From the #RPGaDAY2017 challenge (info here):
[as I'm starting this thing a little late, I shall be doubling up on my daily posts until I catch up. Early posts will be post-dated to the date they were originally supposed to appear]
Which RPG has the most inspiring interior art?
Oh, boy. There are plenty of RPGs with good, excellent, or downright amazing artwork. But inspiring?
Actually, I don't need to draw this out...one RPG springs immediately to mind, and is the hands-down, no brainer answer to the question. But I suppose I should describe what I think of as "inspiring RPG artwork." To me, I consider artwork in an RPG to be inspiring when it tightly fits the theme of the game, reinforcing it, and inspiring me to take part in the actual play of the game...in a way that coincides with the art being depicted.
Games can include good, even great or amazing artwork, but it's not always "inspiring" in this way. Spirit of 77 has some good art but, while it conjures to mind ideas about the concept of the game, it doesn't "move" me (and some of its "good" art actually detracts from the 70s movie vibe, feeling too much like a 90s comic book). Cadillacs and Dinosaurs had great interior art because it used Mark Schultz's wonderful drawings, but it only made me want to read more Schultz, not play its boring, boring game.
But there are many games with inspiring art: if the artwork in Moldvay's basic book hadn't been so inspiring, would I have fell into role-playing as passionately as I did? And I find Larry Elmore's work in the Mentzer Expert set is exceptionally inspiring for the scale and scope of that book. Hollow Earth Expedition has some great interior art, Stormbringer (1st) has some plates that convey the rather hopelessness of the setting (everyone dies, all the time), and FFG's recent line of WH40K based books (Deathwatch, Only War, etc.) have absolutely incredible interiors unified around their themes.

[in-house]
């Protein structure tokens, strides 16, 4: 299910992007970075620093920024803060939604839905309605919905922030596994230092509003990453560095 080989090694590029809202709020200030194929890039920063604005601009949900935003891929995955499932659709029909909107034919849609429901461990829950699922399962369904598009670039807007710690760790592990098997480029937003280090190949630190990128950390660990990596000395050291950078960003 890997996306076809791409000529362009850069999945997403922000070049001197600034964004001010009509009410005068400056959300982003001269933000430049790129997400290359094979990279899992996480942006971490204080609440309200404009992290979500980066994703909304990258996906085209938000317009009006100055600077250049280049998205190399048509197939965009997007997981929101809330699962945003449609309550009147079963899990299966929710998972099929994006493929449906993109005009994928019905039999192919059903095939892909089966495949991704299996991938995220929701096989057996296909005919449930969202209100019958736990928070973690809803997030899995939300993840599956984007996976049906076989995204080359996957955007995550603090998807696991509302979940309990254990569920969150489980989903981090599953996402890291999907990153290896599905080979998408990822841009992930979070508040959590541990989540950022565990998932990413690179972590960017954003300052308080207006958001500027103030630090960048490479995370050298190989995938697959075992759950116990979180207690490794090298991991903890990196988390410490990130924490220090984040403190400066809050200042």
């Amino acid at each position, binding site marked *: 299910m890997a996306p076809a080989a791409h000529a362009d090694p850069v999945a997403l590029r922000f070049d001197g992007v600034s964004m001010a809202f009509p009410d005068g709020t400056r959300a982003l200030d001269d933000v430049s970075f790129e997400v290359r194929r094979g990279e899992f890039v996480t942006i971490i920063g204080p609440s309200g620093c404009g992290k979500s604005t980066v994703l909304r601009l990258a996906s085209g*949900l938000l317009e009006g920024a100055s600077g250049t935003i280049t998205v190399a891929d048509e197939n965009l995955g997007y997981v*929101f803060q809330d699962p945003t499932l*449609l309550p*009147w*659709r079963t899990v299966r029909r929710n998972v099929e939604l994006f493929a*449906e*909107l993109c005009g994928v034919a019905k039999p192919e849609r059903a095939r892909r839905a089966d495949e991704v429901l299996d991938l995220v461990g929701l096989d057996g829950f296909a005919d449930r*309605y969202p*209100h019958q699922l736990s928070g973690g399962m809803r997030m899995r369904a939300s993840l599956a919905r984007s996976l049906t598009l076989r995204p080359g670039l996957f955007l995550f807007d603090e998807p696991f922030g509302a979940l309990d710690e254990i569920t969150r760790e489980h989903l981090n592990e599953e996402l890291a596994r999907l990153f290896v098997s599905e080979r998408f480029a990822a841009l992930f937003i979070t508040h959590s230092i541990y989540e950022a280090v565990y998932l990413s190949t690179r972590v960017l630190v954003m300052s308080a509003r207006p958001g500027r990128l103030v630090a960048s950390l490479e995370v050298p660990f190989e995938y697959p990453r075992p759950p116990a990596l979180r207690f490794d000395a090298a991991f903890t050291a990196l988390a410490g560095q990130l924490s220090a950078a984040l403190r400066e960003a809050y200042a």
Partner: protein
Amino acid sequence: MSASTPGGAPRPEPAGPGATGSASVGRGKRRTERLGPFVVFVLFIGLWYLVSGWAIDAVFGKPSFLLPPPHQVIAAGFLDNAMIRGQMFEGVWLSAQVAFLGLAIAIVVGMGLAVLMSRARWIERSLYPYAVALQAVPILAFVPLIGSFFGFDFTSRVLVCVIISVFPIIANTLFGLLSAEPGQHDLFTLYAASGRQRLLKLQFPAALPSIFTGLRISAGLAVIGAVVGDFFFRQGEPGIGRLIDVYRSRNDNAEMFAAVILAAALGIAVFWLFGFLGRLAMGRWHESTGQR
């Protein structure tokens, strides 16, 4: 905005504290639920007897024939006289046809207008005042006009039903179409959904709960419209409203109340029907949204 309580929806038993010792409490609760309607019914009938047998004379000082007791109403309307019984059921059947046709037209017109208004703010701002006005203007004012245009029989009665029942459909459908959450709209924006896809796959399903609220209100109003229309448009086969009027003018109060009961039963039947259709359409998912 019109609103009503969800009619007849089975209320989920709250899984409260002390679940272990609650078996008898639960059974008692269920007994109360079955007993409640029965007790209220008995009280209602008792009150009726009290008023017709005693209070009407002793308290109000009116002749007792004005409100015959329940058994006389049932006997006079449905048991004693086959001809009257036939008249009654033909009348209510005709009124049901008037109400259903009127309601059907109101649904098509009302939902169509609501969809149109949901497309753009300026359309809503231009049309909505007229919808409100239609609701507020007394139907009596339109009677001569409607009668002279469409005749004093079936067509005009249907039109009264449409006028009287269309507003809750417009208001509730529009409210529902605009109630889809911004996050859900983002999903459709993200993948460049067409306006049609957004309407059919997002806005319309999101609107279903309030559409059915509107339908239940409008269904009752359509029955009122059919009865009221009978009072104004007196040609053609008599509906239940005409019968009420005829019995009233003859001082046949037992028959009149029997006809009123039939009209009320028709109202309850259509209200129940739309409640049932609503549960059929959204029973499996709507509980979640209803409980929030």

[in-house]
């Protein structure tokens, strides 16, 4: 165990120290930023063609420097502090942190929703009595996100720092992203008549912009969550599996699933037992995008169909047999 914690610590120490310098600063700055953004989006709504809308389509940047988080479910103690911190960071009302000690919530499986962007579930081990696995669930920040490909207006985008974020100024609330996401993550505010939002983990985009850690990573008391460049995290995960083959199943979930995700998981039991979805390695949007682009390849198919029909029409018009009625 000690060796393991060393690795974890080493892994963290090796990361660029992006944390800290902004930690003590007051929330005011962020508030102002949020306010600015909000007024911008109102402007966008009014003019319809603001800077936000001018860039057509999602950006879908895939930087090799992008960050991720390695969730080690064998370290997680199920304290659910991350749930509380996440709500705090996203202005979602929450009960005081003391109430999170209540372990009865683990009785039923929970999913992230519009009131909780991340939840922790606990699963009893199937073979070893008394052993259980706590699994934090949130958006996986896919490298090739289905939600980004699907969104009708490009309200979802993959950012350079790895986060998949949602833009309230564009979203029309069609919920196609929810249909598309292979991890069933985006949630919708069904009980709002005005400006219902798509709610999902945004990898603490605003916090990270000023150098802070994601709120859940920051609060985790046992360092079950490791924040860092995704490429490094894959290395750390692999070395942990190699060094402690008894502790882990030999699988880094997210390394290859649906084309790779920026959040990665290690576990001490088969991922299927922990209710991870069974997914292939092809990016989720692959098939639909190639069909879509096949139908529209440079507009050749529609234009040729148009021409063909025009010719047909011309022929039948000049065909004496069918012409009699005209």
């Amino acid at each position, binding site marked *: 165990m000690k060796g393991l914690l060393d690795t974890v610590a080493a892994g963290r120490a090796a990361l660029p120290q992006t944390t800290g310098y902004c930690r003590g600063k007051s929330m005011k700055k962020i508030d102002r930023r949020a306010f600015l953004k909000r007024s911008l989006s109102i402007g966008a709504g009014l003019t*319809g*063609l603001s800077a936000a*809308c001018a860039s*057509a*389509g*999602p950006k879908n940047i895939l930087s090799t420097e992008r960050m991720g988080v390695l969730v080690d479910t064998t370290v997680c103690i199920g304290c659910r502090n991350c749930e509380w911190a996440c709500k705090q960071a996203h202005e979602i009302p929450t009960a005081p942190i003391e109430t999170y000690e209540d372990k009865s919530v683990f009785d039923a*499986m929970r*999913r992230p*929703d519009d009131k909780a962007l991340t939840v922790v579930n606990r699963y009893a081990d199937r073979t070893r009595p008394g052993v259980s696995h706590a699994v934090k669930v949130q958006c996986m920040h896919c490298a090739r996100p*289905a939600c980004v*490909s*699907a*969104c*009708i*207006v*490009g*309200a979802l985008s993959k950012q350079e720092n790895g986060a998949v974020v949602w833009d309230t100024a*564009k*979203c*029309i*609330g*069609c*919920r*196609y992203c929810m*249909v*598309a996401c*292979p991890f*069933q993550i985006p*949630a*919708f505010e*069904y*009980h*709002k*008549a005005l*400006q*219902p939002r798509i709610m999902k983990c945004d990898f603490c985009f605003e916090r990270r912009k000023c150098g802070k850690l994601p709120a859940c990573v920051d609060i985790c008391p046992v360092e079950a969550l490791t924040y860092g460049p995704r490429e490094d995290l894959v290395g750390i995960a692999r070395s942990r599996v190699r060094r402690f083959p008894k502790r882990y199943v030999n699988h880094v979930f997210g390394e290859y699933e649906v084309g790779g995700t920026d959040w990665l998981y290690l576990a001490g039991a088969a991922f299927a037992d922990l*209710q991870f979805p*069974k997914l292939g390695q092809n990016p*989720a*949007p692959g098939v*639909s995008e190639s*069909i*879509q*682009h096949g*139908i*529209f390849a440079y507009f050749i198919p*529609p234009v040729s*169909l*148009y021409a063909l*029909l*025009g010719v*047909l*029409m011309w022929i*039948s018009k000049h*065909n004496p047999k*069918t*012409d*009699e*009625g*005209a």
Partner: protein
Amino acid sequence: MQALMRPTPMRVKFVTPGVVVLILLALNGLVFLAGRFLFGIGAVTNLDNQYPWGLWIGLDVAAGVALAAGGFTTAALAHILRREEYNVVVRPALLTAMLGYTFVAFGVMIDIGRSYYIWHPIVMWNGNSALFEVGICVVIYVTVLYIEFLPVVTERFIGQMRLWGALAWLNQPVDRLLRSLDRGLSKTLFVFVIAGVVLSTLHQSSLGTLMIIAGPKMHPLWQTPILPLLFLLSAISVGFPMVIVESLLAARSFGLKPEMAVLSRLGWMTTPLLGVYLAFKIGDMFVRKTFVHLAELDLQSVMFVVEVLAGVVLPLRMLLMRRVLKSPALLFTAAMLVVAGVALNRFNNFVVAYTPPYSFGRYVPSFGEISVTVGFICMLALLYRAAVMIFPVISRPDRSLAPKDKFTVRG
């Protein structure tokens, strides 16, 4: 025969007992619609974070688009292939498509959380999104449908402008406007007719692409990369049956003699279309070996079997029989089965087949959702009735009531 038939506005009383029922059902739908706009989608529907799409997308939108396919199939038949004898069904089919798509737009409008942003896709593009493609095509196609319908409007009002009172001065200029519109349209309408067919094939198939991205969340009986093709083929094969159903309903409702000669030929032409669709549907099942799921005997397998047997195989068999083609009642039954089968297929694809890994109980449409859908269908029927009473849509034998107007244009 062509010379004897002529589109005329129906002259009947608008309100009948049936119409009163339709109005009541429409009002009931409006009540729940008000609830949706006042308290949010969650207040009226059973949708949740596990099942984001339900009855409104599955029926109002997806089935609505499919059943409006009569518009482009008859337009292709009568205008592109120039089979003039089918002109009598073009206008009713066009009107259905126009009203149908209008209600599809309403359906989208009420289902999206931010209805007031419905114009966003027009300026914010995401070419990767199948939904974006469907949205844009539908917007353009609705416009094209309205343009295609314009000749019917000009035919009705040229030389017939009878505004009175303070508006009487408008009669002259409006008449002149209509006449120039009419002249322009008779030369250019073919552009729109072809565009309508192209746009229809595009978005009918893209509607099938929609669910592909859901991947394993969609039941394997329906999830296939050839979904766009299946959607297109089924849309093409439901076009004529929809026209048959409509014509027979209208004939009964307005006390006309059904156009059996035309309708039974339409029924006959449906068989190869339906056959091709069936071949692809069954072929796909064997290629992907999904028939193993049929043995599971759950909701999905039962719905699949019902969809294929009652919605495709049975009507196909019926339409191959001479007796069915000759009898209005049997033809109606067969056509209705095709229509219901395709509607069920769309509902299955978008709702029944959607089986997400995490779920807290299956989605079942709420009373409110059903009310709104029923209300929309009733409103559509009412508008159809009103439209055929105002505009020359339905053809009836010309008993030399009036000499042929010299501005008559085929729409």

But for me, the most inspiring interior artwork I've come across has been the interior artwork of Vampire the Masquerade, 1st edition. Tim Bradstreet's black-and-white drawings perfectly capture the spirit and theme of "Gothic Punk," making that an actual thing, where no such term previously existed (to my knowledge, anyway). Along with his gorgeous chapter plates, the opening comic strip detailing a vampire's birth and journey over long centuries perfectly conveyed the scope and scale of the game. The second edition of the game was hardcover with shiny, magazine-like pages that failed to convey the same feeling of the 1st edition printing. The original was like opening some old tome found in an upstairs attic and discovering a mysterious world you never knew existed. It made me a fan and player of the game for many years.
Yeah, Vampire. Hands down the best when it comes to inspiring interior artwork.
[folks interested in my "Day 2" post for the #RPGaDAY, can check out this link. "Day 3" is posted here. Sorry, I'll be caught up soon]
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